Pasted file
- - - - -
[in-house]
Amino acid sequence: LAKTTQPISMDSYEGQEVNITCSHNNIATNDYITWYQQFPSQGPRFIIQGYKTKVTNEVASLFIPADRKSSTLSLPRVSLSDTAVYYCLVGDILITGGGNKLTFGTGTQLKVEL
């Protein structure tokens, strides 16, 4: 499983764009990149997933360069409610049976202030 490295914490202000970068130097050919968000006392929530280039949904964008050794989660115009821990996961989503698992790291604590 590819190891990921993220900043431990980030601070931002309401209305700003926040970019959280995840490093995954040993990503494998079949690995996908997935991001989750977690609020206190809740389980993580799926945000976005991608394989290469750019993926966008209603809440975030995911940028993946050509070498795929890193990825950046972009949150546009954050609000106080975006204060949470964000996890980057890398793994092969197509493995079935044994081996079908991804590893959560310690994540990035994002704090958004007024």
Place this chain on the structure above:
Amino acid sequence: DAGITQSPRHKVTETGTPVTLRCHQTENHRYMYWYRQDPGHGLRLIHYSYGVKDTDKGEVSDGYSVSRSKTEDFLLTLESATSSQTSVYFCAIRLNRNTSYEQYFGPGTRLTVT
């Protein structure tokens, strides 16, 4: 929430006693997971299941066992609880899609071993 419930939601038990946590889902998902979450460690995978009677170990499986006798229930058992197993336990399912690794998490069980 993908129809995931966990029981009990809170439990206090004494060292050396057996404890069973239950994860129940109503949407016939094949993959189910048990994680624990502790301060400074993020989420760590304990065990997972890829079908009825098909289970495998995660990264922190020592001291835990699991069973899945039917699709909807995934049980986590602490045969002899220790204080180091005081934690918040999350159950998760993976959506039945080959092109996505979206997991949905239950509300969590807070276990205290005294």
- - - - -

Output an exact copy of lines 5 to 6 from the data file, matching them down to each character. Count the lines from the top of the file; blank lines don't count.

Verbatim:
Amino acid sequence: DAGITQSPRHKVTETGTPVTLRCHQTENHRYMYWYRQDPGHGLRLIHYSYGVKDTDKGEVSDGYSVSRSKTEDFLLTLESATSSQTSVYFCAIRLNRNTSYEQYFGPGTRLTVT
């Protein structure tokens, strides 16, 4: 929430006693997971299941066992609880899609071993 419930939601038990946590889902998902979450460690995978009677170990499986006798229930058992197993336990399912690794998490069980 993908129809995931966990029981009990809170439990206090004494060292050396057996404890069973239950994860129940109503949407016939094949993959189910048990994680624990502790301060400074993020989420760590304990065990997972890829079908009825098909289970495998995660990264922190020592001291835990699991069973899945039917699709909807995934049980986590602490045969002899220790204080180091005081934690918040999350159950998760993976959506039945080959092109996505979206997991949905239950509300969590807070276990205290005294």